influenced lush perennial borders and her recent emphasis on foliage and texture.  Our morning
continues with garden designer Susan La Tourette’s garden, featured
in Sunset magazine in June 2009.  She aims to create a tranquil space,
Susan says, “little nooks make you feel as though you have escaped
civilization. The nooks should remind you of happy moments; bowls of
water encourage one to slow down and take notice. It’s a very peaceful
way to approach your home.”    Following, our local host
Mike Darcy,
will give us a personal tour of his garden including lunch alfresco. Mike
is always trying new plants and pushing the zone. His personal haven
is a plant person’s garden, with many large ceramic pots and lots of
container gardening, with garden art scattered about. After lunch we will
enjoy a visit to Mike’s neighbors, Bob and Mignon Ervin’s urban farm on
a hillside overlooking Lake Oswego and Mount Hood. They planned a
sustainable garden mainly dedicated to organic food production. The
Ervins have ducks, chickens, honeybees, raised beds and a small family
vineyard. They are in the process of developing an aquaponic vegetable garden and koi pond for
fertilizer production. Our last stop is the private garden of Paul Beal and Michael Bruns. Their
front is flat with the back a very steep ravine. We will be amazed by how much they have
accomplished in less than ten years. The garden is linked by terraces, walkways, and pockets of
plants. Copper garden art was created by Paul. Breakfast, lunch.

Wednesday July 13      In the morning we visit a magnificent garden in the west hills of Portland
belonging to Bruce Wakefield and Jerry Grossnickle. Bruce is a former president of the Hardy
Plant Society. The large garden has a great variety of plant material with interesting paths and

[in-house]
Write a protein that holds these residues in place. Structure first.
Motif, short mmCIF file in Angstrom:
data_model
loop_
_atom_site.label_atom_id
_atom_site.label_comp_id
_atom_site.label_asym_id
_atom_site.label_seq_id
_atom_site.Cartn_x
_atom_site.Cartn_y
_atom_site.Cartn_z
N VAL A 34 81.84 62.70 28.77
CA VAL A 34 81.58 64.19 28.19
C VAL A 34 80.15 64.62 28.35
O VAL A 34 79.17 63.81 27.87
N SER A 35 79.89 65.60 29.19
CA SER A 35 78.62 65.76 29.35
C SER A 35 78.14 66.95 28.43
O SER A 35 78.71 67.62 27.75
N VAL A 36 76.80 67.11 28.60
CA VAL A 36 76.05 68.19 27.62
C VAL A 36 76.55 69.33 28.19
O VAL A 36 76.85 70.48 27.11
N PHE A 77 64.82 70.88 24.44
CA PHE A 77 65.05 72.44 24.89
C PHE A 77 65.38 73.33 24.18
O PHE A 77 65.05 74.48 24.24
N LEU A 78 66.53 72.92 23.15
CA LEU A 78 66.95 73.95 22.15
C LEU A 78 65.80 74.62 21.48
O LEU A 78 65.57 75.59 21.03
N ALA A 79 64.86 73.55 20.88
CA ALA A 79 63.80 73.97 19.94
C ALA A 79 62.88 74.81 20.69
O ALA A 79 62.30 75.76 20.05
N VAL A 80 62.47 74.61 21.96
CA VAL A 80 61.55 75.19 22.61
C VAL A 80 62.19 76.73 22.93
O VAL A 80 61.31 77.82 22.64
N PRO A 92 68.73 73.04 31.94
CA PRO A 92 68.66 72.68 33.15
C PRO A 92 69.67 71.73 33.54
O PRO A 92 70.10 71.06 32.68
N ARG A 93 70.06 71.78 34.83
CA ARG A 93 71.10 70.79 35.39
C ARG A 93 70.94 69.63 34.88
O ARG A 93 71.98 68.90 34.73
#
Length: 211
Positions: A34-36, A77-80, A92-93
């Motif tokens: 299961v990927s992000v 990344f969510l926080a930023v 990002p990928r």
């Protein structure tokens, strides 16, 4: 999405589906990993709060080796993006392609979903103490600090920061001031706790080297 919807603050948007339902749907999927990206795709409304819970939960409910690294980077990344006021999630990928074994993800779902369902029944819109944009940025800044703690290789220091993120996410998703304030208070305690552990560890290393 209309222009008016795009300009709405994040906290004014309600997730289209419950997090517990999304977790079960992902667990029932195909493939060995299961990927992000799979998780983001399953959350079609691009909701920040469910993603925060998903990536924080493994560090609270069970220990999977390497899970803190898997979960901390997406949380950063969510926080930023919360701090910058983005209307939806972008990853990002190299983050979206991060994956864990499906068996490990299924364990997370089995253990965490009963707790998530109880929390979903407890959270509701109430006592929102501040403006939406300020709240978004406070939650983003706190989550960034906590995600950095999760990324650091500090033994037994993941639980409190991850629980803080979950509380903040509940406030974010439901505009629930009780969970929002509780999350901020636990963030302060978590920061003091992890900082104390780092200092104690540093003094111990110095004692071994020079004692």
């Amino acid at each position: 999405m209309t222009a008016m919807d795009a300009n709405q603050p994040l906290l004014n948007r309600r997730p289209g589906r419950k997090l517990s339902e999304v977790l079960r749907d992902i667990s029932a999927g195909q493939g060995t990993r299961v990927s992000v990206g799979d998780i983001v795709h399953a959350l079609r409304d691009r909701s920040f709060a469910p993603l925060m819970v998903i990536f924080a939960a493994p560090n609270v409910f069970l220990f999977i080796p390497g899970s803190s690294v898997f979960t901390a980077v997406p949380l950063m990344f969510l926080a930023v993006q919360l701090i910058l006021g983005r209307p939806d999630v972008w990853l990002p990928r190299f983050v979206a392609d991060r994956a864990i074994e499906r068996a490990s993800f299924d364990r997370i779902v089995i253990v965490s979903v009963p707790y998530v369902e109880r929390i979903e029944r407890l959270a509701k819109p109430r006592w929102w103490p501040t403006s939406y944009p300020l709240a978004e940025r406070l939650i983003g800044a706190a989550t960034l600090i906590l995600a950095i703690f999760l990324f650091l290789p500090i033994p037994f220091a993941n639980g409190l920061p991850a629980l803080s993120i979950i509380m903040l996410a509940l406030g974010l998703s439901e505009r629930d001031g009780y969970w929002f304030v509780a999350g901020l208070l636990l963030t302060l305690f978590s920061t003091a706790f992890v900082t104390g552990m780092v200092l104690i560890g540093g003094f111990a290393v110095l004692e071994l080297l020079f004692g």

walkways.   Our next stop nearby is the garden of avid plant collector Bud Dietrich. Buddy is
interested in trying new plants and testing them for winter hardiness.  We continue to Carolyn
Guinther’s woodland garden with log gazebo, perennials, rock garden, evergreens, waterfall and
pond, all conceived as a natural coast range landscape by a gardener who does all her own work.
The garden contains fountains and creations by local artists which blend with the many choice
trees and shrubs. We will have lunch in the garden.  Our final stop is to a small garden packed
with plants with an emphasis on conifers for year-round interest. The collection includes trees
such as birch-bark cherry, strawberry tree,  Manzanita,  paperbark maple, 'Bloodgood' Japanese
maple, as well as dahlia, fuchsia, hosta, lungwort, hibiscus, aster and  black-eyed Susan which
contribute summer color.The garden, belonging to Jerry Fortner and Anthony Glusa was recently
published in the Oregonian Homes & Garden section.
Tonight we will enjoy a special farewell dinner at
Meriwether’s Restaurant. The restaurant garden
was featured on a local television show. Breakfast, lunch, dinner.

Thursday July 14    
Today we will take a private
docent-led tour of Lan Su
Chinese Garden, an authentically
built cultural heritage garden and
living museum of Chinese trees
and flora. Within this authentic Ming
Dynasty scholar’s garden, serpentine
mosaic pathways lead to harmonious landscapes of plants, water, stones, pavilions, and poetry.
The collection includes hundreds of native Chinese plant species and forms. The Garden is home
to more than ninety specimen trees, many rare and unusual shrubs and perennials, including
magnolias, cymbidiums, camellias, osmanthus, rhododendron, and bamboo. After our visit we will
proceed to the airport in time for 1:30 PM or later flight departures. Breakfast.

Recommend reading for this trip